Markets & Finance

The Fed, the Crisis, and Your Portfolio


After the bold step by Bernanke & Co. to cut rates, what moves should you make? Here are five questions to ask your financial adviser—now

Financial advisers are usually an unflappable bunch. When the markets are wild, investors turn to their financial planners for calm, consistent advice: Stick to the plan, think long term, don't do anything rash. Advisers have studied their history and know that markets go up, down, and sideways; proper investing requires patience.

But the confidence of even the most serene investors has been rocked lately. The U.S. stock market loses a third of its value in a year, the credit crunch grows more severe, and policymakers take unprecedented actions, including on Oct. 8 a worldwide coordinated cut in interest rates by central banks.

If the Federal Reserve can slash interest rates in the grip of a crisis, should investors be making bold moves of their own?

Obviously, your next move as an investor depends on the specifics of your current situation. That might require some professional advice.

There are plenty of questions no one can answer right now: When will the crisis end? Will stocks keep falling, and how far? When will they bounce back?

But an expert adviser should be able to offer important perspective nonetheless. So here are five questions you need to ask—either of your financial adviser or yourself —as the crisis deepens.

What are my actual losses?

From Oct. 9, 2007, the market peak, to Oct. 8, 2008, the broad Standard & Poor's 500-stock index fell 37%. But that doesn't mean all investors have become 37% poorer in the past year. If your portfolio was structured properly, especially if you're anywhere near retirement, you weren't invested 100% in stocks. Smart advisers try to diversify investments by putting some money in bonds, cash, and other safer investments.

"A lot of people are relieved to find they have less exposure to 'Wild West' equity markets than they thought they did," says Milo Benningfield of Benningfield Financial Advisers in San Francisco. Yes, actual gains for your investments in the past year would be a miracle, but you might still be richer (or less poor) than you fear.

Do I have enough cash?

In a risky time like this, the safest investment of all is cash. Many advisers tell clients to keep enough cash to cover two or three years of expenses.

Clients of financial planner Avani Ramnani of Athena Wealth Advisers in Jersey City, N.J., often work in the financial industry, and some are worried about their job security. While they're still cashing a paycheck, "I tell them to build cash reserves," she says.

Workers approaching retirement also should consider switching retirement plan contributions from stocks to "more stable investment options" like cash, says Frank Boucher, a planner based in Reston, Va.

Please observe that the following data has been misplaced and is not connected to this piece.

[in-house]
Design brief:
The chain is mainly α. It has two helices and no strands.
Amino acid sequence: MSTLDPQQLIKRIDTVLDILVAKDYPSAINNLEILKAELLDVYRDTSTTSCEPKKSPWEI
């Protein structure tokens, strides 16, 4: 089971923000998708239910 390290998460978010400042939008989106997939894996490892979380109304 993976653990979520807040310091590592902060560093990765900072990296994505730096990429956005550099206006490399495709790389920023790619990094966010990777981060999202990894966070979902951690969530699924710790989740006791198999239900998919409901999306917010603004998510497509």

However, most advisers say it would be a big mistake to raise cash by selling their stocks right now—"at the worst possible time you can imagine," says Cathy Pareto, a wealth manager based in Coral Gables, Fla. It's better to wait for stocks to recover—however long that might take—and use cash and even bonds to cover living expenses in the meantime.

"Short-term investors are getting squeezed by the credit crisis," Benningfield says. But if you're saving for retirement and have enough non-equity investments, "you can afford to wait."

Where is my money?

One scapegoat for the financial crisis is the rapid spread of financial instruments that few investors really understand. Ask your financial adviser about all your investments and make sure you feel comfortable with them. "If someone can't explain what they're investing you in, that's a big red flag," Ramnani says.

Examine any options, futures, exchange-traded funds, hedge funds, and commodity funds you hold. If they're too complex to understand, maybe they don't belong in your portfolio.

Also, several advisers said investors should be sure their cash holdings are secure. You might want to sacrifice a lower interest rate for a money market fund that you know is safe. Make sure cash in bank accounts is insured by the Federal Deposit Insurance Corporation.

Can I handle this much risk?

So far, this financial crisis feels more severe than any since the 1970s, and some are pointing to the Great Depression or earlier economic panics for comparisons. "Everybody's got to be a little nervous," Pareto says. "That's just human."

Boucher says this crisis might be a lesson to all investors: In search of big returns, maybe investors have taken on more risk than they can handle. If the declines in your portfolio are giving you serious heartburn, you might consider moving to a less risky portfolio after the markets settle down.

How does this affect my retirement plans?

For investors under age 50, this crisis "is a great opportunity," says Barbara Camaglia of Legacy Financial Advisers in Beachwood, Ohio. "You're going to have time to work through this, wherever it goes." She adds: "The real problem is for the person who is 50 and above."

With your stocks down 37% in a year, your dreams of early or even on-time retirement might be in jeopardy. So ask your advisers to crunch the numbers. Consider your budget and how much you're saving, Pareto says. Do you need to save more? Work longer? Live on less when you retire? When you have the facts, you can make an educated decision.

No one knows if the current market turmoil will last weeks, months, or years longer. The Fed's rate cuts failed to calm the financial markets on Oct. 8, and stocks slid lower again.

This sort of instability naturally causes some folks to panic, some to despair, and some to try to run away and hide altogether. But before you do anything impulsive, you might want to get some good advice first.


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